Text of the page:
The National Rifle Association of Australia
Range Officer Accreditation
The NRAA and Shooting Australia are committed to training Range Officials, especially Range Officers. Shooting Australia’s Officiating Scheme (Range Officer and Match Official) encourages member disciplines to develop levels of accreditation for their sport’s officials.
The NRAA is proactively working toward two such courses – NRAA Range Officer which is accredited through NRAA – and NRAA Match Official which is accredited with Shooting Australia.
These courses aim to give RO/Match Officials knowledge, experience and methods to improve officiating skills.
The NRAA Range Officer course is designed to equip beginner Officials with appropriate methods and confidence to officiate and be an RO at the introductory level of sport – clubs. At this level volunteers can learn new skills to become competent and make a valuable contribution to our sport.
Completion of the NRAA RO course takes the volunteer further along the officiating pathway and leads to the Shooting Australia Technical Official’s ASC accreditation.
The NRAA Range Officer course is the starting point on the Official’s Pathway for fullbore rifle officials.
The OFFICIAL’S PATHWAY is:
- NRAA Range Officer – Club
- NRAA Range Officer – Competition (previous levels – Prize Meeting and State, combined)
- Shooting Australia Technical Official (for those working at National and SA Events)
NRAA Range Officer accreditation is a 4 step process:
- Complete the ‘Current’ NRAA Range Officer Handbook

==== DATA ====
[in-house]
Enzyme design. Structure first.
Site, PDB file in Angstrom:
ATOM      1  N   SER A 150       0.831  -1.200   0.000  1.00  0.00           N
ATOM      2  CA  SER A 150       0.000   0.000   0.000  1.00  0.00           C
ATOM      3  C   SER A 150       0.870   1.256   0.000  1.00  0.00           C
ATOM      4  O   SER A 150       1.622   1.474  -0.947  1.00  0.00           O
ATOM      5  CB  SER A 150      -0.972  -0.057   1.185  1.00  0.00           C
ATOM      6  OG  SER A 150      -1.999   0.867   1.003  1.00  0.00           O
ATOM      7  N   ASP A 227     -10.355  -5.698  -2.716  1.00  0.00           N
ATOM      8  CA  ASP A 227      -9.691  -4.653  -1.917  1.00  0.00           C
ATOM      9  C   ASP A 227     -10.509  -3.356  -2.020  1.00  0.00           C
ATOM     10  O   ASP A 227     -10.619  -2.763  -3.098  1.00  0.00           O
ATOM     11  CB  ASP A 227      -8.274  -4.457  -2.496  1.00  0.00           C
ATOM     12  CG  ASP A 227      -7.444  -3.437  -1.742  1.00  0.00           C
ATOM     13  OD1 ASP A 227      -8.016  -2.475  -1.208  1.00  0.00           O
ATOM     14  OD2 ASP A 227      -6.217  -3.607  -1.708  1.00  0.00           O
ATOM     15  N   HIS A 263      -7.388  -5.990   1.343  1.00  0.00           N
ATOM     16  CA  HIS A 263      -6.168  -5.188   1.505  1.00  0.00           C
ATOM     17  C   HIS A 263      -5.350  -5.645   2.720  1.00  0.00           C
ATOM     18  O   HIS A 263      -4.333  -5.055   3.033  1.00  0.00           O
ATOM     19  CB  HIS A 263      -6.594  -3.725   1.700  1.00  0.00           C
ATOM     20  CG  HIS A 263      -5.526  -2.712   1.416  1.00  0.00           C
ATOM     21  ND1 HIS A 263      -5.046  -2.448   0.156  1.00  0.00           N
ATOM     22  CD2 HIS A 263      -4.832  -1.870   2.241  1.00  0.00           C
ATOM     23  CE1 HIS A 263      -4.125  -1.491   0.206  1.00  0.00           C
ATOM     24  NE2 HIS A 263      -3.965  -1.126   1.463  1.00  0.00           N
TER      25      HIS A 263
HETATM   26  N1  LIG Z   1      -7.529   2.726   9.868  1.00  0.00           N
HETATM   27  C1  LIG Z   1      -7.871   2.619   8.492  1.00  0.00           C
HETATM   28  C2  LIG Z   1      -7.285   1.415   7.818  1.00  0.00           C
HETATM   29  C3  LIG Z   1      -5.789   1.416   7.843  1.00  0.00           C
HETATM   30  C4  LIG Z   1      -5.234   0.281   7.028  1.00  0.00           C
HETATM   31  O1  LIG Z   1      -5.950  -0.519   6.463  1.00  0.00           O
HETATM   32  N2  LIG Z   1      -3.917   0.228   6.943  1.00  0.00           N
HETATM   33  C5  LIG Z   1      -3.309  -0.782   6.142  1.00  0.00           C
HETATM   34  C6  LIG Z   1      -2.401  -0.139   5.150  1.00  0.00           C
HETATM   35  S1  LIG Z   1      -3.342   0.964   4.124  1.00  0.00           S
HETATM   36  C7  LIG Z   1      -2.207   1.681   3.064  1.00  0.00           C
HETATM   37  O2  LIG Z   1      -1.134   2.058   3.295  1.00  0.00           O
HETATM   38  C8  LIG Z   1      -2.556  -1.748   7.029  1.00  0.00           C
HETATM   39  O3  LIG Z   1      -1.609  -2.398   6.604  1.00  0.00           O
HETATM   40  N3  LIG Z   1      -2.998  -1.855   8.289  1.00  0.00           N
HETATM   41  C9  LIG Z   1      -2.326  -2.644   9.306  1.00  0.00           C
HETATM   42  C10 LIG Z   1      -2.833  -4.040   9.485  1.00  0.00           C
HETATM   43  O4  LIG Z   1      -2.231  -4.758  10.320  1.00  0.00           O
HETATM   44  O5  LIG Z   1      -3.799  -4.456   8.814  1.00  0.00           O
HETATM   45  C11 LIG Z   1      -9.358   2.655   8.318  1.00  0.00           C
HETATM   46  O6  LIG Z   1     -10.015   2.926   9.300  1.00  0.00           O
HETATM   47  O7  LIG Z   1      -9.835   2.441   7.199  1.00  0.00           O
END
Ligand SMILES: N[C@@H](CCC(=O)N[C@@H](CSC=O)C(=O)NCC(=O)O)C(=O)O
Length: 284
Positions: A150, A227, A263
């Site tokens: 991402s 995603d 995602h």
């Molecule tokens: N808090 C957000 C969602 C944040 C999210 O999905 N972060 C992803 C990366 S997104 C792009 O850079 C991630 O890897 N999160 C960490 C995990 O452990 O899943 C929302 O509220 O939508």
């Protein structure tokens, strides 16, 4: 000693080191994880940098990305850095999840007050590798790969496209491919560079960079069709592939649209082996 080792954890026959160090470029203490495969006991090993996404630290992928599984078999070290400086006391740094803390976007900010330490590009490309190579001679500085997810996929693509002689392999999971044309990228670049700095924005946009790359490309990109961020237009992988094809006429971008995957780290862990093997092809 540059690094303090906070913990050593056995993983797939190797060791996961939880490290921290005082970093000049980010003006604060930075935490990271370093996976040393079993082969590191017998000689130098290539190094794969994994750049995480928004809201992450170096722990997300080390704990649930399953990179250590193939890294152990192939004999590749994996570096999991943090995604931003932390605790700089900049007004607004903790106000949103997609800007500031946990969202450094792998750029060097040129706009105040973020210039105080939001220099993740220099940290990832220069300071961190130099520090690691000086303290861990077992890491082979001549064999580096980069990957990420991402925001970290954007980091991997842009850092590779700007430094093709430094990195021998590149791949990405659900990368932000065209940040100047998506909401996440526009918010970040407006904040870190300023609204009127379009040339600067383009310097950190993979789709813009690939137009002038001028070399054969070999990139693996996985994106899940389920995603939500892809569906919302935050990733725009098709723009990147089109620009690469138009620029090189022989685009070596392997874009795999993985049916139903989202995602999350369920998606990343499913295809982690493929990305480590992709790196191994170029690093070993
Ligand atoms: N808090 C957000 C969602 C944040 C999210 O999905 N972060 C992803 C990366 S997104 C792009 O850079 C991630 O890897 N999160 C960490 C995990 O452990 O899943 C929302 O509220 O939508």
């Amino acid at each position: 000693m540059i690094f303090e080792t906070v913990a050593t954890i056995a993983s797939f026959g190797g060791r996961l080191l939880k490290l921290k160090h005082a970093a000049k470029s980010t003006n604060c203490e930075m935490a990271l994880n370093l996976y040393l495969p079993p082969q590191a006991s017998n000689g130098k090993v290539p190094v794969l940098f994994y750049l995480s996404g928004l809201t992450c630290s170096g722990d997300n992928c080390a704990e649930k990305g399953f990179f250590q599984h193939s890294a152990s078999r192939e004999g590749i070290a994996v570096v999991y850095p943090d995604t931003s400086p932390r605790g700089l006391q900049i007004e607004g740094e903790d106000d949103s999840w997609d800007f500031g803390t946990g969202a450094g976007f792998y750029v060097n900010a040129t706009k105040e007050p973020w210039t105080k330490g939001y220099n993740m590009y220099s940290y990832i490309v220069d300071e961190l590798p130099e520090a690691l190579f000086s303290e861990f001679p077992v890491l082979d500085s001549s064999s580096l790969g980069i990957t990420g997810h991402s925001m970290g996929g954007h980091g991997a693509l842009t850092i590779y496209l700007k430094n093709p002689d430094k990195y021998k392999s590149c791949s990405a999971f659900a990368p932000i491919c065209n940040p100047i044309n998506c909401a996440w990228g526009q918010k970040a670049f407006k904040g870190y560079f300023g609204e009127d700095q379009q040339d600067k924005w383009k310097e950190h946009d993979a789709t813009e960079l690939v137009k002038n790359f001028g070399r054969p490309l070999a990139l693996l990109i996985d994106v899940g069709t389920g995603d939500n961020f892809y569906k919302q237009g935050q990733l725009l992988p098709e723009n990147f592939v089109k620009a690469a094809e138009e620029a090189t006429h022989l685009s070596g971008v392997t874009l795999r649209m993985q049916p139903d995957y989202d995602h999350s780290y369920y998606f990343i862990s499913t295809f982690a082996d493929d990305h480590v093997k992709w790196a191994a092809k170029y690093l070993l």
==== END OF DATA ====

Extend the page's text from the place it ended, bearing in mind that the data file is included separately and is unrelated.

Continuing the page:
- Successful completion of the Range Officer Assessment Paper
- Practical Assessment of activities undertaken on range
- Nominated/endorsed to the relevant State/Territory by Instructor
The minimum standards for those undertaking the Range Officer course are:
- Applicants must be current financial members of the NRAA.
- Applicants should have at least two years adult experience in the applicable shooting discipline(s).
- Applicants should be nominated as ‘Proper Persons’ by their Club Committee/Captain.
- Applicants should have a grounded capability to read, comprehend and make decisions. Fundamentally being a RO requires people to be well aware of the rules (including range standing orders), abide by those rules and be capable of making sound and timely decisions.
Overview of Course Content
- Chapter 1 – Course Introduction
- Chapter 2 – Legal Responsibilities and Risk Management
- Chapter 3 – Range Officiating
- Chapter 4 – Range Design and Safety
- Chapter 5 – Running a Range
- Chapter 6 – How to Improve Your Effectiveness
- Chapter 7 – Testing Your Knowledge